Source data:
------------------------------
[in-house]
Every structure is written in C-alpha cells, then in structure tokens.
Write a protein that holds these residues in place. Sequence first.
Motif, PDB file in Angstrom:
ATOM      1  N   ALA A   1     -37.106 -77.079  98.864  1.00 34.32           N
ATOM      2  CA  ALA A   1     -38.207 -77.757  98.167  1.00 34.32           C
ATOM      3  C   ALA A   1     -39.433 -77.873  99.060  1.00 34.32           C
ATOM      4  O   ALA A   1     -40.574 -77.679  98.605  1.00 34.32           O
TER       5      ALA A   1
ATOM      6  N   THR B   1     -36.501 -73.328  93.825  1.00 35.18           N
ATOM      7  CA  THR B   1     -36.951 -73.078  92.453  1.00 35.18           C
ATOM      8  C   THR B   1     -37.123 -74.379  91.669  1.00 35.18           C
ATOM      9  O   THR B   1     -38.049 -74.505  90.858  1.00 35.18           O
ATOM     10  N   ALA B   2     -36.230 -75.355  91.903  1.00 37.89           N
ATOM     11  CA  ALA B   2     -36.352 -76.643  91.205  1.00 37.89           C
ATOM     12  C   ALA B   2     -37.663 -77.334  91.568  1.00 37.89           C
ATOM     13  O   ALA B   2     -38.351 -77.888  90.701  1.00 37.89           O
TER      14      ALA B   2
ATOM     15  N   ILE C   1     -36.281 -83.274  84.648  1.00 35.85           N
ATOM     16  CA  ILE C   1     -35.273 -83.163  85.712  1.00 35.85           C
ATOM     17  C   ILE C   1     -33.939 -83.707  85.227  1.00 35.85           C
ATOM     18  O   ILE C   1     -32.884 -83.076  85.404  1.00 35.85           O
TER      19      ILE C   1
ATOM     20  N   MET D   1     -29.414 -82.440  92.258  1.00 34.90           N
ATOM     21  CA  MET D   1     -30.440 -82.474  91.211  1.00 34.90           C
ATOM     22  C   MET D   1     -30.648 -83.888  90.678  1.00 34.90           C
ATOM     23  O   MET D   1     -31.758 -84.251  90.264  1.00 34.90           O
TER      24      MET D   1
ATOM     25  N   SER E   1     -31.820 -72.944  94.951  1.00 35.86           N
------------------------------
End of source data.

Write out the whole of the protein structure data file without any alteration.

[in-house]
Every structure is written in C-alpha cells, then in structure tokens.
Write a protein that holds these residues in place. Sequence first.
Motif, PDB file in Angstrom:
ATOM      1  N   ALA A   1     -37.106 -77.079  98.864  1.00 34.32           N
ATOM      2  CA  ALA A   1     -38.207 -77.757  98.167  1.00 34.32           C
ATOM      3  C   ALA A   1     -39.433 -77.873  99.060  1.00 34.32           C
ATOM      4  O   ALA A   1     -40.574 -77.679  98.605  1.00 34.32           O
TER       5      ALA A   1
ATOM      6  N   THR B   1     -36.501 -73.328  93.825  1.00 35.18           N
ATOM      7  CA  THR B   1     -36.951 -73.078  92.453  1.00 35.18           C
ATOM      8  C   THR B   1     -37.123 -74.379  91.669  1.00 35.18           C
ATOM      9  O   THR B   1     -38.049 -74.505  90.858  1.00 35.18           O
ATOM     10  N   ALA B   2     -36.230 -75.355  91.903  1.00 37.89           N
ATOM     11  CA  ALA B   2     -36.352 -76.643  91.205  1.00 37.89           C
ATOM     12  C   ALA B   2     -37.663 -77.334  91.568  1.00 37.89           C
ATOM     13  O   ALA B   2     -38.351 -77.888  90.701  1.00 37.89           O
TER      14      ALA B   2
ATOM     15  N   ILE C   1     -36.281 -83.274  84.648  1.00 35.85           N
ATOM     16  CA  ILE C   1     -35.273 -83.163  85.712  1.00 35.85           C
ATOM     17  C   ILE C   1     -33.939 -83.707  85.227  1.00 35.85           C
ATOM     18  O   ILE C   1     -32.884 -83.076  85.404  1.00 35.85           O
TER      19      ILE C   1
ATOM     20  N   MET D   1     -29.414 -82.440  92.258  1.00 34.90           N
ATOM     21  CA  MET D   1     -30.440 -82.474  91.211  1.00 34.90           C
ATOM     22  C   MET D   1     -30.648 -83.888  90.678  1.00 34.90           C
ATOM     23  O   MET D   1     -31.758 -84.251  90.264  1.00 34.90           O
TER      24      MET D   1
ATOM     25  N   SER E   1     -31.820 -72.944  94.951  1.00 35.86           N